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Old 4th August 2007, 09:17 AM   #1
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Is it illegal to just view kiddie porn?

I read in my today's paper that this one guy got arrested and they found it in his bedroom. But the guy also had partaken in underage sex.

But let's just say somebody squealed on someone and authorites found dirty pictures. So?

Shouldn't that be your right, as an adult, to view what you want, if you don't act on what you viewed? ( A liberatarian type of thought process here)

Try arguing THIS analogy: What if authorites found the bedroom plastered with picures of bombings where death had occured. That the guy was INTO bombings that kill people. What is worse then...some guy who likes to watch underage sex?, or somebody that likes to view death...maybe death involving children? What if the guy who viewed and collected bombings memorabilia had a penchant for wanting to go out and bomb schools where kids are?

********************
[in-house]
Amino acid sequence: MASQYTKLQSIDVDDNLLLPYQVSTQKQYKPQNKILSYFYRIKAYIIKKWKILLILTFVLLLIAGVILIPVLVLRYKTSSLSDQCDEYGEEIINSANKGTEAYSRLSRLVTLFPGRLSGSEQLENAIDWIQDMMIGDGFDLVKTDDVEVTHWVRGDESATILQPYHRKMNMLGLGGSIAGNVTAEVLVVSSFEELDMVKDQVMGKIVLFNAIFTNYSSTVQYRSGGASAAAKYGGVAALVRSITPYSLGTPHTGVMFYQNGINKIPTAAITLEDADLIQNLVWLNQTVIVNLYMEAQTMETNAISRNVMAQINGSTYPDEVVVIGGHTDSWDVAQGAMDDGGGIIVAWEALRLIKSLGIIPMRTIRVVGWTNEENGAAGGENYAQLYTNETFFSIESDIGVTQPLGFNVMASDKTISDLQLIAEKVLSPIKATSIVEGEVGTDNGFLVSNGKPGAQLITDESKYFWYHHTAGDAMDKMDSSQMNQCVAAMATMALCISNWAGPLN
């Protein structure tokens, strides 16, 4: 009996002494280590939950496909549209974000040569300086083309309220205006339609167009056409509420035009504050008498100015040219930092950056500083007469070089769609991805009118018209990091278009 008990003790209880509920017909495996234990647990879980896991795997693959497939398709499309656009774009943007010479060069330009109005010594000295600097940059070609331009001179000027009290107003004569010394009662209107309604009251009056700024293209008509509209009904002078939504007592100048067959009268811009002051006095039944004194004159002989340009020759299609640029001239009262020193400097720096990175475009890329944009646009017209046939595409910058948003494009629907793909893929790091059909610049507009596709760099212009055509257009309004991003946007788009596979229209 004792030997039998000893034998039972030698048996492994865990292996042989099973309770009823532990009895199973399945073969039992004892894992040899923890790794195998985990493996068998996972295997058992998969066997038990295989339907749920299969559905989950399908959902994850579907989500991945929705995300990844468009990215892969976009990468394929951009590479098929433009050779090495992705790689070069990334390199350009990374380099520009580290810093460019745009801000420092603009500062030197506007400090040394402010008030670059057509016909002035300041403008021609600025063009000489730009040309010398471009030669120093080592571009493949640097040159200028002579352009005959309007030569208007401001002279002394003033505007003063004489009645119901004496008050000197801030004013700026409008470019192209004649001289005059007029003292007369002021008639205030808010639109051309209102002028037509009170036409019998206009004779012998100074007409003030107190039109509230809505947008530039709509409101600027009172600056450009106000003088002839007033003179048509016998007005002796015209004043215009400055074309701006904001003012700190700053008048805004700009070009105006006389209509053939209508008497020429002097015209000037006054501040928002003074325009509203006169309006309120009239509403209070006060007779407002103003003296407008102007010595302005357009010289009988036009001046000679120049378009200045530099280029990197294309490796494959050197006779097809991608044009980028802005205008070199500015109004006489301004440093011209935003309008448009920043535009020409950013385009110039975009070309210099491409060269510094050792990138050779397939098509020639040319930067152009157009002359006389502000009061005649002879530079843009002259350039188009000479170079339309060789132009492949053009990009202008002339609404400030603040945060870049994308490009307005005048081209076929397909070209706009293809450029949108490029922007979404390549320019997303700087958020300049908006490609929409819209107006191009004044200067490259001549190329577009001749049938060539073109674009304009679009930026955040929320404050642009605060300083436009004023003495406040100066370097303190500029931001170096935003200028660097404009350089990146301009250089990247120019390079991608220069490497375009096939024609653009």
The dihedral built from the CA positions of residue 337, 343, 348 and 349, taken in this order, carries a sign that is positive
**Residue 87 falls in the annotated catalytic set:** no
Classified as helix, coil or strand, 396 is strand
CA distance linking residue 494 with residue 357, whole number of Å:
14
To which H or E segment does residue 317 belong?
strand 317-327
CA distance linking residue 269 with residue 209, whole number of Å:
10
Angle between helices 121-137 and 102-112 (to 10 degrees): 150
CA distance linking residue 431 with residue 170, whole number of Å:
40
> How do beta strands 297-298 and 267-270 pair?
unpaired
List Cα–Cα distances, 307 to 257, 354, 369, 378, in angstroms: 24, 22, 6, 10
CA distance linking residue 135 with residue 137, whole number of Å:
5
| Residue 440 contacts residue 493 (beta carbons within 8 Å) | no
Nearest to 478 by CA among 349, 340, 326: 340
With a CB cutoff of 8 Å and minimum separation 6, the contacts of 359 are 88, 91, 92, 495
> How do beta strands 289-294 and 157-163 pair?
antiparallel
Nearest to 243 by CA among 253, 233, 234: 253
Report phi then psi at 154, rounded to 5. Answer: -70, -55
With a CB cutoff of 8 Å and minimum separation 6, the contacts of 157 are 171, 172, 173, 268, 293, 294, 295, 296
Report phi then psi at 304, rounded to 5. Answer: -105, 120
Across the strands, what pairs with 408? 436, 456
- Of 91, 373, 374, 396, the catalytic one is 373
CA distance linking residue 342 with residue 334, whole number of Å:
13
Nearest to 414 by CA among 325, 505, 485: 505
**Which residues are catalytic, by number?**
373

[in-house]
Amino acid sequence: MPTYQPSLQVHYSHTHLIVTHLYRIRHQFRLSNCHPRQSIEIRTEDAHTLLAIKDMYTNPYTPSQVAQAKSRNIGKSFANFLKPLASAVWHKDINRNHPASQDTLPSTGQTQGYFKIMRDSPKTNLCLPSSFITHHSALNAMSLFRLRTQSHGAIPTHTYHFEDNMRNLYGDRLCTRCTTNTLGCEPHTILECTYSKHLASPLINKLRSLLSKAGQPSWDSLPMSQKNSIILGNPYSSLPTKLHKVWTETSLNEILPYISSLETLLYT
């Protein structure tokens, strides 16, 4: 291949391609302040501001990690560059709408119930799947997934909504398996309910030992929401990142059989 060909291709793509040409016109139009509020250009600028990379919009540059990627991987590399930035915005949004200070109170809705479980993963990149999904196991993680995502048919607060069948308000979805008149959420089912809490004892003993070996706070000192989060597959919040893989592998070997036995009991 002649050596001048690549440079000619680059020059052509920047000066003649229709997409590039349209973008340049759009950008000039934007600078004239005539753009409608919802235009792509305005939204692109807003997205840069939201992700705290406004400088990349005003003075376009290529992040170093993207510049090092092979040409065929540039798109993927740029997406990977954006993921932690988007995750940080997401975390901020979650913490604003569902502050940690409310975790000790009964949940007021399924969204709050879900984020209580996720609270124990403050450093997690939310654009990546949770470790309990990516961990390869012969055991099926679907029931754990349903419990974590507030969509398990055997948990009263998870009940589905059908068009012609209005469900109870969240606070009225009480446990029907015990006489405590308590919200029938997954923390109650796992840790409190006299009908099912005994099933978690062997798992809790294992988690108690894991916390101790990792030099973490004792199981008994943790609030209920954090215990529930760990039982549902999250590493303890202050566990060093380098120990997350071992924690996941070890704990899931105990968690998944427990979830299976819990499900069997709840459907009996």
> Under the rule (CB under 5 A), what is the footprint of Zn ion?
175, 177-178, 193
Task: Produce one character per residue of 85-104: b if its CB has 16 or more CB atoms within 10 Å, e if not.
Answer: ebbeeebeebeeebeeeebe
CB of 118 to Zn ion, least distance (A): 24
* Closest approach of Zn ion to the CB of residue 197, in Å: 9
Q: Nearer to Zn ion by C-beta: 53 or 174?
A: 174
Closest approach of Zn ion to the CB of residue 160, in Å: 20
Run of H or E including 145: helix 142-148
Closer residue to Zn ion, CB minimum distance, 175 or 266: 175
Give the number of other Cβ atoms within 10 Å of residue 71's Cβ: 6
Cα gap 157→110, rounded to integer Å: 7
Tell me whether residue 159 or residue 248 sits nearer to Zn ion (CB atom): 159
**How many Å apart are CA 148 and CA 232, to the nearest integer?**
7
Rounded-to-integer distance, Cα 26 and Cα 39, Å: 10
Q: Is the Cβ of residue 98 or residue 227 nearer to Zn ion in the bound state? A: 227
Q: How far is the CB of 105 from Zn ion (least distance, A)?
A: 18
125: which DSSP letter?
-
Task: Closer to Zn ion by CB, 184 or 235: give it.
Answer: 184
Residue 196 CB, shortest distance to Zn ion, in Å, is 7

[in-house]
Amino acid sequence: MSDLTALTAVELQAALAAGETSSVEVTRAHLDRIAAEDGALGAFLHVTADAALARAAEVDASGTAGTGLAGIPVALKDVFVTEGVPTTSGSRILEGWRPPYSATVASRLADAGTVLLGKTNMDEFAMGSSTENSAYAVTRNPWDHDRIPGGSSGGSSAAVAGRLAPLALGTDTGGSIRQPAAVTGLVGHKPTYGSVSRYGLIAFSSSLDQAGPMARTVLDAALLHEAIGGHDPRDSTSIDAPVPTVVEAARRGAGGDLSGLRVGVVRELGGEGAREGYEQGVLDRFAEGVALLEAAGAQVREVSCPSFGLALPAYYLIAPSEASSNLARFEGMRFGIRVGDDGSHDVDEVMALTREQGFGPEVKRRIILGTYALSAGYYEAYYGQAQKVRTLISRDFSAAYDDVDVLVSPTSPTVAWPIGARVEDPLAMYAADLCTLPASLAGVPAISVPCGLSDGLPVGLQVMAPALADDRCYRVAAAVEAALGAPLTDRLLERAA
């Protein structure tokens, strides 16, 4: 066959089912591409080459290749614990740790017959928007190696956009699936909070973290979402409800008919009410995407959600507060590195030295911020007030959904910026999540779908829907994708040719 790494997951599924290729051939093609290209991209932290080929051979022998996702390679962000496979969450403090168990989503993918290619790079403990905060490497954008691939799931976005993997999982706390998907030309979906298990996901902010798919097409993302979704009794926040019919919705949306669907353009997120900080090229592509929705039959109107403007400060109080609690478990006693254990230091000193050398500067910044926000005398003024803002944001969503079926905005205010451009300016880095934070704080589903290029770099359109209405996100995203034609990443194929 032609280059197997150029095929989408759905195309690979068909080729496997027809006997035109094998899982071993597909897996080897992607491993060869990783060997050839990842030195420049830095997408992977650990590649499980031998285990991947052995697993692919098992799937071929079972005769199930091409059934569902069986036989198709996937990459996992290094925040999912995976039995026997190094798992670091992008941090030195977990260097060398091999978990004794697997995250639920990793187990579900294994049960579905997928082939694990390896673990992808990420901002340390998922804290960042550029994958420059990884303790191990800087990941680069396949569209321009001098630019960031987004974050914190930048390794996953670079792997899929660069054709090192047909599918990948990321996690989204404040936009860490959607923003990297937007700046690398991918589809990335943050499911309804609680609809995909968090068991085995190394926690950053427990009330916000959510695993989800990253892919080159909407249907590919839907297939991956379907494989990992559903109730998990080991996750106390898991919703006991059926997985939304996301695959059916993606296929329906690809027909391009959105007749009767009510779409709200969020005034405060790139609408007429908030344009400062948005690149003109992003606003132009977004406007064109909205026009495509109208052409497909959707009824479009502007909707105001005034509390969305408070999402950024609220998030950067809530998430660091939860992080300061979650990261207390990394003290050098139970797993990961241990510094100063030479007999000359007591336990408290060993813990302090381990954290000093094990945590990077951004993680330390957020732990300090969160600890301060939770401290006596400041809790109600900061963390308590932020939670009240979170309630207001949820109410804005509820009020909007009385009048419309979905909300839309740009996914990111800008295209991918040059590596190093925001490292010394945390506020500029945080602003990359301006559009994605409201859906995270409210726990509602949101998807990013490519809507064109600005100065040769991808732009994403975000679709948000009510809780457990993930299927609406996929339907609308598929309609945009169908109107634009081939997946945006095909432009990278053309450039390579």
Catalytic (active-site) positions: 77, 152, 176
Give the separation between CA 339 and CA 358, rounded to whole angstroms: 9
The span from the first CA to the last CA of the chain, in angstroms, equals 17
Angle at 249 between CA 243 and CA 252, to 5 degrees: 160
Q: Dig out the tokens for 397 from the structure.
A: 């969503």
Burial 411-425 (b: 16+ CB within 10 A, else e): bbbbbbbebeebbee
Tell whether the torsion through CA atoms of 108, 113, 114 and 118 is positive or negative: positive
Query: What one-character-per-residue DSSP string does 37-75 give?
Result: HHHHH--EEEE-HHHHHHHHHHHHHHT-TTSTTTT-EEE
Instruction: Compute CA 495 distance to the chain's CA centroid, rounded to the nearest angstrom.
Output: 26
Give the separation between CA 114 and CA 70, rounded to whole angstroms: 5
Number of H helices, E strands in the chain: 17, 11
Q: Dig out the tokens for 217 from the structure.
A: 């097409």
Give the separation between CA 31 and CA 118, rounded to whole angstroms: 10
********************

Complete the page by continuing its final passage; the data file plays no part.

See what I mean? So how can they single out what a person wants to freely access/collect, in your own privacy?

And maybe this is actually a GOOD thing certain individuals do this as this is their only 'release', since they are too timid to actually commit a live act out of fear of being caught by the police. This way at least they get to lick their chops and fantasize, and let it go at that.
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Old 4th August 2007, 09:19 AM   #2
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Is it illegal to just hire someone to kill someone? I mean, as long as I'm not the one doing the actual killing, it should be completely legal, right?
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Old 4th August 2007, 09:26 AM   #3